Andrew McMillan’s Physical was recently nominated for the Forward Prize for Poetry and won The Guardian First Book Award, in November, 2015. It was a deserved win and one notable for a number of reasons. Physical placed poetry on The Guardian First Book Award list for the first time in 16 years. (A shocking reminder of how a powerful cultural force historically has become side-lined among readers...to the point that only two poets have ever made the shortlist). The accolade also acknowledged the talent of a gay writer whose themes are not immediately in touch with the lives of the many book-groups that took part in the judging process: a tribute to liberalism and fair-mindedness. (Curious, though, how the book groups felt the need to recognise the difference and remoteness in McMillan's gay life yet somehow felt close to a mythically inspired novel about a fishing expedition in Nigeria! Perhaps, that fact tells us something about reading habits and genres: when it comes to novels, readers actively seek fictional worlds beyond their own reality; when it comes to poetry they seek an endorsement of their own world). And finally, the win recognised a poetical voice that is Northern and rooted and mercifully free of dreaming spires and Englishness.
At the presentation in London, McMillan paid tribute to his editor at Cape, Robin Robertson, and that seems a sensible place to begin this review of Physical because so much of how poetry appears these days is down to the work of a poet and how that work is manipulated by publishing houses into its final form.
The introductory blurb by Cape promotes McMillan’s poetry as an “almost religious celebration of the flesh” in “colloquial Yorkshire rhythms with a sinewy Metaphysical music”. That “almost” is quite revealing, for it notes that this description isn’t McMillan’s work exactly; in fact, the tone of worship is about as close to religion as the semen stain that Gunn memorizes with such precision on “the toe of a boot” in “The Miracle” (The Passages of Joy, 1982). Each night it is polished and renewed like "a saint’s blood". It is unfortunate that, in England, when it comes to male-to-male sexual writing, we are unable to promote naked flesh without dressing it in spirituality. One of McMillan’s achievements is that he is able to love the flesh for what it is and write with candour…and wit. The Cape blurb has led some reviewers to hear the blurb rather than the actual poetry and talk of “hymns to the male body”, as if McMillan is Michelangelo addressing Cavalieri. (This is encouraged by the cover’s representative gay, naked male, which echoes the provocative design that Carcanet produced for Neil Powell’s True Colours, in 1991. Carcanet dared to go as far as a bare torso with open trousers and a hanging leather belt. Cape has gone as far as a crack-shot, de-capitated and de-membered, so as the viewer can add their own desires to the smooth, marbled, classical body. McMillan's honest poetry has nothing to do with the body-beautiful. But a beautiful butt sells better than normality). Seduced by this, Alison Flood has felt a “heavy scent of sensuality” in McMillan's work. Probably, only a female reviewer with no unfortunate knowledge of male toilets could describe a poem about male urinals as possessing a “scent”. The wit of McMillan is learnt more from the twisting debates of Gunn and his ability to transform a poem with a surprise conclusion is learnt from St. Thom rather than directly from Donne and Marvell. As with Gunn, there is a modern Elizabethanism and like the poet who paid homage to Hermes in Moly, McMillan is well-aware of the poetical trickster. He uses the flow of words (no punctuation) to create rich, Mannerist effects. What is most likeable about McMillan is his love of verbal tricks rather than the usual dull accounts of tricks picked up in gay bars. The “colloquial Yorkshire rhythms” are heard in the middle section of Physical, in the re-published pamphlet “protest of the physical”. And, maybe, they are heard too obviously, for comic effect:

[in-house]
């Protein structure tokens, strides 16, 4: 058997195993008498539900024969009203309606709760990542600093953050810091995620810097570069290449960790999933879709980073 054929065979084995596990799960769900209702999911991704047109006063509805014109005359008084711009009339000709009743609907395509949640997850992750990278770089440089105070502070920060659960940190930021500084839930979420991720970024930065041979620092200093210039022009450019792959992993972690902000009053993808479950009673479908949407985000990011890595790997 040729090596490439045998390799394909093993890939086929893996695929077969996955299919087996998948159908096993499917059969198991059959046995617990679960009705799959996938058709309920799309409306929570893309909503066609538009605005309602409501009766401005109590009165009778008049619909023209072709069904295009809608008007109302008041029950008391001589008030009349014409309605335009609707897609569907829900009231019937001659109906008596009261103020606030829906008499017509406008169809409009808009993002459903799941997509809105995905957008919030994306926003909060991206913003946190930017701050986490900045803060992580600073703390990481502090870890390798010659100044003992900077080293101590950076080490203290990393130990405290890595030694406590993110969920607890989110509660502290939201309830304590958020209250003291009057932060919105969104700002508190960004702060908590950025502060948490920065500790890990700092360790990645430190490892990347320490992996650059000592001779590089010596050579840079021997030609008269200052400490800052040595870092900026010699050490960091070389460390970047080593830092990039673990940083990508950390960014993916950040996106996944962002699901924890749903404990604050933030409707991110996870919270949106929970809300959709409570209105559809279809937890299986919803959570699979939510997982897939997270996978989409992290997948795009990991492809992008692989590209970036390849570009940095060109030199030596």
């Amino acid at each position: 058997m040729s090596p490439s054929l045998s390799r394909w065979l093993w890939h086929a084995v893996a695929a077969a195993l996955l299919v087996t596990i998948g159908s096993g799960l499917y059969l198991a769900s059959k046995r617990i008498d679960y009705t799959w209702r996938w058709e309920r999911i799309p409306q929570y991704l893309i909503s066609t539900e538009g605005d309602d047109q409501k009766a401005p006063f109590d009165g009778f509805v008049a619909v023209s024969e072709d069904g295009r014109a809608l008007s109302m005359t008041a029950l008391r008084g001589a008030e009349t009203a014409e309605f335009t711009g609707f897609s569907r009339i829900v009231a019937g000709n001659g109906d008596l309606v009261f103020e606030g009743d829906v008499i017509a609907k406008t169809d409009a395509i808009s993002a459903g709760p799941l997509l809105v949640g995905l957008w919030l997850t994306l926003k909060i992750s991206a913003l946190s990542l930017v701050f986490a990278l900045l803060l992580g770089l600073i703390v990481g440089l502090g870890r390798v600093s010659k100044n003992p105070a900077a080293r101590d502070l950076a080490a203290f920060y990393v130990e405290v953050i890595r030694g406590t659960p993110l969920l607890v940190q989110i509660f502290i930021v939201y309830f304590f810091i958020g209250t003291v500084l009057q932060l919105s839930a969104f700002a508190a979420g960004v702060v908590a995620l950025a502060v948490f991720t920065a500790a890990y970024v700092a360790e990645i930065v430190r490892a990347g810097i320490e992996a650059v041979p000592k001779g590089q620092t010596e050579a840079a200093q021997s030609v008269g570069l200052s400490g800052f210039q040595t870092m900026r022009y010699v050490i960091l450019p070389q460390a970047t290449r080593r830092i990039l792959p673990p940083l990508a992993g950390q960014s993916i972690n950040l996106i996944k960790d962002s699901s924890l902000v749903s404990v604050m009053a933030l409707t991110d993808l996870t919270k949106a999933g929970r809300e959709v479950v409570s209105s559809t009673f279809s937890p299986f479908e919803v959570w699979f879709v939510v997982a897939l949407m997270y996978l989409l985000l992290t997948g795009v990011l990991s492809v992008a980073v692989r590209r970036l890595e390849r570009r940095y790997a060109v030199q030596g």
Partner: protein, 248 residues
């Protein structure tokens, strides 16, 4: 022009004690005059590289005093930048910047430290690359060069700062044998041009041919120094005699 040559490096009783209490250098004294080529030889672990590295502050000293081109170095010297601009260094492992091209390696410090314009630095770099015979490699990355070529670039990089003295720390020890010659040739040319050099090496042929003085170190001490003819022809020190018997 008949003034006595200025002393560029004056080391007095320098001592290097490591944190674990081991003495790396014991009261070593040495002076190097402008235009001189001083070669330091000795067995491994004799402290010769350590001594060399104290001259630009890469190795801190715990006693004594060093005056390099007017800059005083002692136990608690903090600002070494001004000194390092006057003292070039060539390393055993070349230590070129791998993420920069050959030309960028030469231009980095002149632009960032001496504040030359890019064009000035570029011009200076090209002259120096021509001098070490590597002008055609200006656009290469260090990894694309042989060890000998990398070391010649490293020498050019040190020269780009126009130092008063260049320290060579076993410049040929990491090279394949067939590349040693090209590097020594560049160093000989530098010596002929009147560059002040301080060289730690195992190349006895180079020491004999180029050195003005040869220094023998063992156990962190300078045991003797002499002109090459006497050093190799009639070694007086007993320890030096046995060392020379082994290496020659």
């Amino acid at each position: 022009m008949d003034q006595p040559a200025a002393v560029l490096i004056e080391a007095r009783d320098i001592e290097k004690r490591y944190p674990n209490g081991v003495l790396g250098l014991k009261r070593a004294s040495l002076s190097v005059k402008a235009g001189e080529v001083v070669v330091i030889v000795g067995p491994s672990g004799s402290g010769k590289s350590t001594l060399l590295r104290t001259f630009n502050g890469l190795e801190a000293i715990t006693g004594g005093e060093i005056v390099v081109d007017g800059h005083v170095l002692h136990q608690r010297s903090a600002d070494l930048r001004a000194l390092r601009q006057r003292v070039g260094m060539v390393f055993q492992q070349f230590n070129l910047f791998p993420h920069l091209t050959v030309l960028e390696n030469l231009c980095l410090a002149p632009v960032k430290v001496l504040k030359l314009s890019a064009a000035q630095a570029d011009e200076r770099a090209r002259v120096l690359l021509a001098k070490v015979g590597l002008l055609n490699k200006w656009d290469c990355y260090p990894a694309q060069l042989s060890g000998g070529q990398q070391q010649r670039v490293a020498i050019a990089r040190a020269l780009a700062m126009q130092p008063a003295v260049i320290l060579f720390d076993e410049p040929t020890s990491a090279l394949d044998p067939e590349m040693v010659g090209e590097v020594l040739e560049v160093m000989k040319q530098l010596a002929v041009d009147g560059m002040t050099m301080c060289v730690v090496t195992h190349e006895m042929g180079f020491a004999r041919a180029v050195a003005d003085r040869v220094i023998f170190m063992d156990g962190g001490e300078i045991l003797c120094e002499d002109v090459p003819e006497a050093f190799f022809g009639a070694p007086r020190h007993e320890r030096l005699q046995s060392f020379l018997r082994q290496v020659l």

drunk man to the drunker woman
where you from? Barnsley